It certainly feels like I have been researching for this book my whole life! And in some ways, from a young age, I was absorbing the stories and places of North Alabama that retained that romance of a lost civilization. I cut my literary teeth on that, I guess. But then, as I grew older, I began reading more and pursuing a more formalized study in college. My thesis, not a work of profound scholarship, but still good grounding, investigated the settlement of Huntsville, Alabama and the economic and political culture that led it to remain pro-Union until secession was an accomplished fact in 1861. From there, as I began to realize the focus for my book, I read broadly both the fiction of the period and historical monographs.
But direct contact with the period, about 1875 and before, was also crucial to being able to create the world at the level of detail I wanted. The Alabama State Department of Archives and History offers 19th century newspapers on microfilm for sale. I have my own collection. Diaries, letters and memoirs from women who lived in the period were crucial to finding Augusta’s voice. I also began acquiring ladies magazines, Godey’s Lady’s Books, Harper’s Bazars and Peterson’s Ladies National Magazines. These were the Martha Stewart Living and Vogue Magazines of the period, combined. They were very popular. A smuggler during the war was able to bring some copies of Godey’s through the blockade and set up a salon in Richmond where ladies lined up to pay a quarter so that they might see the latest fashions from New York and Paris.
Godey’s tried to remain neutral during the war, knowing their constituency existed both North and South. In their pages, a woman could find exhaustive engraved plates of the latest fashions, fancy patterns for pillowcases or trimming, recipes, tips on housekeeping and personal hygiene, hand-work like antimacassars (to prevent hair oil from ruining your sofa), tobacco pouches and lampshades, as well as poetry, stories and morally uplifting essays and admonishments. Some of these are still wonderful today: “A Golden Maxim. –It is the duty of every man, who would be true to himself, to cultivate, if possible, a disposition to be pleased.” How true! And how close to us as 21st century humans. If there is anything that continued to surprise me throughout my research, it is how, in spite of all the technological, social, and other advances we believe we have made, we remain fundamentally the same as people.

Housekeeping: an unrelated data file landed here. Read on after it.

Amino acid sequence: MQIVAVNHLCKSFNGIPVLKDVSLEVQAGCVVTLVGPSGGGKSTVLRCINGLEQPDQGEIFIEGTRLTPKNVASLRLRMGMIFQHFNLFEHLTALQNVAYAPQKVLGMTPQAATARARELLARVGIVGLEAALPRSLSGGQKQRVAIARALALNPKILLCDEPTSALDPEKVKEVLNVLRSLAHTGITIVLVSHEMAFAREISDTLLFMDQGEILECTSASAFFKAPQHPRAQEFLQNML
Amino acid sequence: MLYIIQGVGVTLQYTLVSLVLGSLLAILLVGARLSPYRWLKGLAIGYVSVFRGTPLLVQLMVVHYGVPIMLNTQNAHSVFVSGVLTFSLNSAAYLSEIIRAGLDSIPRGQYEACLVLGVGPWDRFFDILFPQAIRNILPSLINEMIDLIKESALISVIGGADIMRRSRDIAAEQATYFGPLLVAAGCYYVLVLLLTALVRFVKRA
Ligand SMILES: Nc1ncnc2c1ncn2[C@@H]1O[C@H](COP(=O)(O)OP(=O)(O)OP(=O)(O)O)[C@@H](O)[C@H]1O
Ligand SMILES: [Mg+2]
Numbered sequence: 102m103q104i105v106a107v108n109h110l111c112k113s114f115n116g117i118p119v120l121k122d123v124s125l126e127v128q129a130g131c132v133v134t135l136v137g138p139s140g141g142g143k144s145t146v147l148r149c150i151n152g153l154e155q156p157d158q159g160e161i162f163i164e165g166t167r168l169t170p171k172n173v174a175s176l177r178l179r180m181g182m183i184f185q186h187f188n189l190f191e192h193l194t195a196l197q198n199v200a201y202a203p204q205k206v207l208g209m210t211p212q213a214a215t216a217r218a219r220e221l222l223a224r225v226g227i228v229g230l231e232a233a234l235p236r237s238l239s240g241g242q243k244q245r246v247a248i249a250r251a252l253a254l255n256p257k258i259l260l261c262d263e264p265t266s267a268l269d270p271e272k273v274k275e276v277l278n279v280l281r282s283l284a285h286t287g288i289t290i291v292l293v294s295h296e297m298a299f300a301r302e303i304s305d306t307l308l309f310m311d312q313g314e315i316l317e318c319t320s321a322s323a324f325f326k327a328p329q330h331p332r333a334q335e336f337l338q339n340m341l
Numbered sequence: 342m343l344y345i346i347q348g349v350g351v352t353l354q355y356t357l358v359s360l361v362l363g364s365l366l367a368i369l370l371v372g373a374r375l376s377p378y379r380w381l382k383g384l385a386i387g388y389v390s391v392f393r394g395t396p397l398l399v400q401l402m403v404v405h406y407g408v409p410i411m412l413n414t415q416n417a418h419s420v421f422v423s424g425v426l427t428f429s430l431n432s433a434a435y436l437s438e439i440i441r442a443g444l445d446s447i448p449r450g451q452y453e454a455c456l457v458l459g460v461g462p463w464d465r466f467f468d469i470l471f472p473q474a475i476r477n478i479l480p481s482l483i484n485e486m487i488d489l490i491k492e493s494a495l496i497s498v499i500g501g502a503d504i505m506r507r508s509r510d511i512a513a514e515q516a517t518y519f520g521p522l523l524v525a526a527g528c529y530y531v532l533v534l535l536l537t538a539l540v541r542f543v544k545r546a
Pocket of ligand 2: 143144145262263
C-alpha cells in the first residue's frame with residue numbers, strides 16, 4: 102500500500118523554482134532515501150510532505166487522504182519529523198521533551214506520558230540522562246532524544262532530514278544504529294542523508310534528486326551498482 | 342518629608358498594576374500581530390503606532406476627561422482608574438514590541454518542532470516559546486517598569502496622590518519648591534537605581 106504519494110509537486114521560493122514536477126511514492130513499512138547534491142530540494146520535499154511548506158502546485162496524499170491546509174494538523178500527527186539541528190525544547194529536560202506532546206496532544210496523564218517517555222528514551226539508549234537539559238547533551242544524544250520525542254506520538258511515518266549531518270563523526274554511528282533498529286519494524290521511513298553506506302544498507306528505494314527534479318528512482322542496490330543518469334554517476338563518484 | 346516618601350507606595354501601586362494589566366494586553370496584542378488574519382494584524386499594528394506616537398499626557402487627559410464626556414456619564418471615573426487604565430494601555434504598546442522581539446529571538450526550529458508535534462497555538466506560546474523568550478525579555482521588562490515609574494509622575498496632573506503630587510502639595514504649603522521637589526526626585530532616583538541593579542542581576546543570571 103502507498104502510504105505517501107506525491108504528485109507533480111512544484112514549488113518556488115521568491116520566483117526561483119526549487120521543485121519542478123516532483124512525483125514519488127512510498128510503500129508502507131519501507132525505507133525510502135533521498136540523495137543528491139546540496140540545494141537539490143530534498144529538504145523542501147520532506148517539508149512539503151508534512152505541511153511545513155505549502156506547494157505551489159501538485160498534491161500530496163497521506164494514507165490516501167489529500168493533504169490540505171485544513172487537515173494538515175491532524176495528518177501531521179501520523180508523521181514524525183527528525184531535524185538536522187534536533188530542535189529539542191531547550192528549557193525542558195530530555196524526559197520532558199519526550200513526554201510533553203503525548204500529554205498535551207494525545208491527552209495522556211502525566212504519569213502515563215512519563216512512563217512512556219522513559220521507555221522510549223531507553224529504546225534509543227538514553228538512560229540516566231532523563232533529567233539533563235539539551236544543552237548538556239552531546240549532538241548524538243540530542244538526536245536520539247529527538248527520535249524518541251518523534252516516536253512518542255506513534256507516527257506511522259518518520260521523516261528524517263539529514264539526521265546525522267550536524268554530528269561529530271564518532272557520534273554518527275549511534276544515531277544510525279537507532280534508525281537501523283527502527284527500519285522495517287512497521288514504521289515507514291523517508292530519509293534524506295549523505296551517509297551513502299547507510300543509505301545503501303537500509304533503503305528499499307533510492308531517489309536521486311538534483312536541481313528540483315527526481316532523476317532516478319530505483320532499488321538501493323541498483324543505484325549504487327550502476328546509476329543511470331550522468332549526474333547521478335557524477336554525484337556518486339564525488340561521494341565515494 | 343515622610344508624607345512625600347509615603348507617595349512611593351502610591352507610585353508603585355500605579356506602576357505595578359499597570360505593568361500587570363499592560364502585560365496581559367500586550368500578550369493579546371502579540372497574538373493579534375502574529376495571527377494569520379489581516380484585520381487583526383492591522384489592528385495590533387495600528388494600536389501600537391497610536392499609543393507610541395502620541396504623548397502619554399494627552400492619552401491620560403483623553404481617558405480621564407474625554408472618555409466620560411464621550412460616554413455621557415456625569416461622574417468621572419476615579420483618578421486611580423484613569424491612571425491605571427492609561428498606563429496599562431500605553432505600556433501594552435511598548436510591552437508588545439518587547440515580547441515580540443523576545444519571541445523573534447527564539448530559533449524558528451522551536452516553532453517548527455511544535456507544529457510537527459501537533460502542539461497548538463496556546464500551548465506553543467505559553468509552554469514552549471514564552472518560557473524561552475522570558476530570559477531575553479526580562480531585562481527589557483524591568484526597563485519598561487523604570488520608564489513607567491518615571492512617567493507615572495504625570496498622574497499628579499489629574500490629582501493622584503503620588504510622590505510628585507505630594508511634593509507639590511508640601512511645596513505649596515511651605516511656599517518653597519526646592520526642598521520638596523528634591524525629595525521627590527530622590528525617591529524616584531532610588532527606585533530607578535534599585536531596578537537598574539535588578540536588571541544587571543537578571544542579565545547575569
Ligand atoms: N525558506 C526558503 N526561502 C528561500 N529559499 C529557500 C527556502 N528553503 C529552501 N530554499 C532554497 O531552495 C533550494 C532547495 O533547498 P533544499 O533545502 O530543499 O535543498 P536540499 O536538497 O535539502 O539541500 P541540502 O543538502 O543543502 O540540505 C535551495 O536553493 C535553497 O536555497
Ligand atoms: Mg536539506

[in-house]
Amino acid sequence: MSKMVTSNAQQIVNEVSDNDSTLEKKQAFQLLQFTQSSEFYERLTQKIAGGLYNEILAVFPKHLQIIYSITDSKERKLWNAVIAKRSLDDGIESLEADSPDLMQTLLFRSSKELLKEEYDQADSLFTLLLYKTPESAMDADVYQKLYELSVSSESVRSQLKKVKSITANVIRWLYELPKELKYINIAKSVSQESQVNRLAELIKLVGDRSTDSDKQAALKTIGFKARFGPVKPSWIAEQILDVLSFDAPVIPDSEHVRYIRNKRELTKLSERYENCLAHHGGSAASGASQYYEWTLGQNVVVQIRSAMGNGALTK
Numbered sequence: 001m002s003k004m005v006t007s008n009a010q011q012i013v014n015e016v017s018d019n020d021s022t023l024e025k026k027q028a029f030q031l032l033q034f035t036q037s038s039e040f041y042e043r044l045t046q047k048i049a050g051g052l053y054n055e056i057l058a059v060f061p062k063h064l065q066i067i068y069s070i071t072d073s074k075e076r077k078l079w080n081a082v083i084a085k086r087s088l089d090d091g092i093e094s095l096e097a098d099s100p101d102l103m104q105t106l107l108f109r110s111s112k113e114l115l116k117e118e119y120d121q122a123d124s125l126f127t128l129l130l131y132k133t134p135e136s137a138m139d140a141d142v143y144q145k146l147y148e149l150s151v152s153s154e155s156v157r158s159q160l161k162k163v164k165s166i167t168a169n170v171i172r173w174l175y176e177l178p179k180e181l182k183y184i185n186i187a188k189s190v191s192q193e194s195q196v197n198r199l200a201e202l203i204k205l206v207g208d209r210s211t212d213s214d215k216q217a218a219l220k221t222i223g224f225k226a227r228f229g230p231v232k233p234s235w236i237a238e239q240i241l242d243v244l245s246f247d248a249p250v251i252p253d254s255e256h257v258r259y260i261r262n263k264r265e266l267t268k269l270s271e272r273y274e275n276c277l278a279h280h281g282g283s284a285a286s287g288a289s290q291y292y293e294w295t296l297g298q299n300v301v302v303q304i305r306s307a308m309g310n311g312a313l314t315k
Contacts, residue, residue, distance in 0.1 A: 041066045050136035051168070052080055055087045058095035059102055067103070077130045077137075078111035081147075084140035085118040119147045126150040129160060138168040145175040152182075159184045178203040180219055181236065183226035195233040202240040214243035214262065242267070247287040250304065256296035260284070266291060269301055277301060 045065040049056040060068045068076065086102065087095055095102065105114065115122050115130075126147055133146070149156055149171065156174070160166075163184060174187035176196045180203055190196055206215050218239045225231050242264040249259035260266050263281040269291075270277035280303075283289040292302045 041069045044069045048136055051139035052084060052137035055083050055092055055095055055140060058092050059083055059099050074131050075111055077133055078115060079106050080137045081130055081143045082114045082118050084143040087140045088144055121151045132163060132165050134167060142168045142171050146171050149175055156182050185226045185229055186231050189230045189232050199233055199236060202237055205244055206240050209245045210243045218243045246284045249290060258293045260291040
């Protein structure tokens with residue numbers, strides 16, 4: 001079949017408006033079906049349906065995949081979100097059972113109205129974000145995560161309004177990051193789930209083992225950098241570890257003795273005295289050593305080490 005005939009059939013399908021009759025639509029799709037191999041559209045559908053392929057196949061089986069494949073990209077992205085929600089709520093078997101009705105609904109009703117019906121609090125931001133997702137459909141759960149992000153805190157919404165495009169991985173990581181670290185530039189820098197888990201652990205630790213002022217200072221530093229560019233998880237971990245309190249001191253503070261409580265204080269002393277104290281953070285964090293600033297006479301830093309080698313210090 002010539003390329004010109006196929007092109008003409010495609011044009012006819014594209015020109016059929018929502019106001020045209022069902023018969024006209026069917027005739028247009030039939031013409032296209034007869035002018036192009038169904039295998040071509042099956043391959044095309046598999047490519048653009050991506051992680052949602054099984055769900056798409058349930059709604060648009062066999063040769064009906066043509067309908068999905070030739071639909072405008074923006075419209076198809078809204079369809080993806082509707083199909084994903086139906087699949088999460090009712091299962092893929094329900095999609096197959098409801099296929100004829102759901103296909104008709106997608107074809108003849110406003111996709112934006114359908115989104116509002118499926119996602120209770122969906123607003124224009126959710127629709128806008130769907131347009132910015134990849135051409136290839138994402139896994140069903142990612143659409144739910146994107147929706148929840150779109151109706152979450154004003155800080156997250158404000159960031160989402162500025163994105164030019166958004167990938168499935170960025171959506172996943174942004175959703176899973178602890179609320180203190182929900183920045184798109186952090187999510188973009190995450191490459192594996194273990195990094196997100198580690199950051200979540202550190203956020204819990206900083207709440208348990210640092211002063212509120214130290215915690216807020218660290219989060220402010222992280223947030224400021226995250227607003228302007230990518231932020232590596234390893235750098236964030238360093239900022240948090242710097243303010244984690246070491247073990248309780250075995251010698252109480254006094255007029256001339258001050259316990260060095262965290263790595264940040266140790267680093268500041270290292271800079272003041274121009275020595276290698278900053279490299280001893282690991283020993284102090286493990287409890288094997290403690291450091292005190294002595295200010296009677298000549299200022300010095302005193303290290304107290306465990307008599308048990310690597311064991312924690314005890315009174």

My guilty pleasure, always, is house-museums, particularly Southern plantation and town homes. Inevitably, the focus is on the splendor of the lives of the South’s grandees before the Civil War. But more and more, these historic sites are focusing on the lives that were led, and how they were led, beyond the Big House. It is heartening to see more of the story told, and told more honestly.
Thank you for letting me talk about my interests on your blog!
Set in Reconstruction Alabama, Augusta “Gus” Branson's is a young widow whose quest for freedom turns into a race for her life when her husband Eli dies of a swift and horrifying fever and a large package of money – her only inheritance and means of survival – goes missing. Gus begins to wake to the realities that surround her: the social stigma her marriage has stained her with, what her husband did to earn his fortune, the shifting and very dangerous political and social landscape that is being destroyed by violence between the Klan and the Freeman's Bureau, and the deadly fever that is spreading like wildfire. Nothing is as she believed, everyone she trusts is hiding something from her.
About Taylor M. Polites:
Taylor M. Polites is a novelist living in Providence, Rhode Island with his small Chihuahua, Clovis. Polites’ first novel, The Rebel Wife, is due out in February 2012 from Simon & Schuster. He graduated in June 2010 with his MFA in Creative Writing from Wilkes University. He has lived in Provincetown, Massachusetts, New York City, St. Louis and the Deep South. He graduated from Washington University in St. Louis with a BA in History and French and spent a year studying in Caen, France. He has covered arts and news for a variety of local newspapers and magazines, including the Cape Codder, InNewsWeekly, Bird’s Eye View (the in-flight magazine of CapeAir), artscope Magazine and Provincetown Arts Magazine.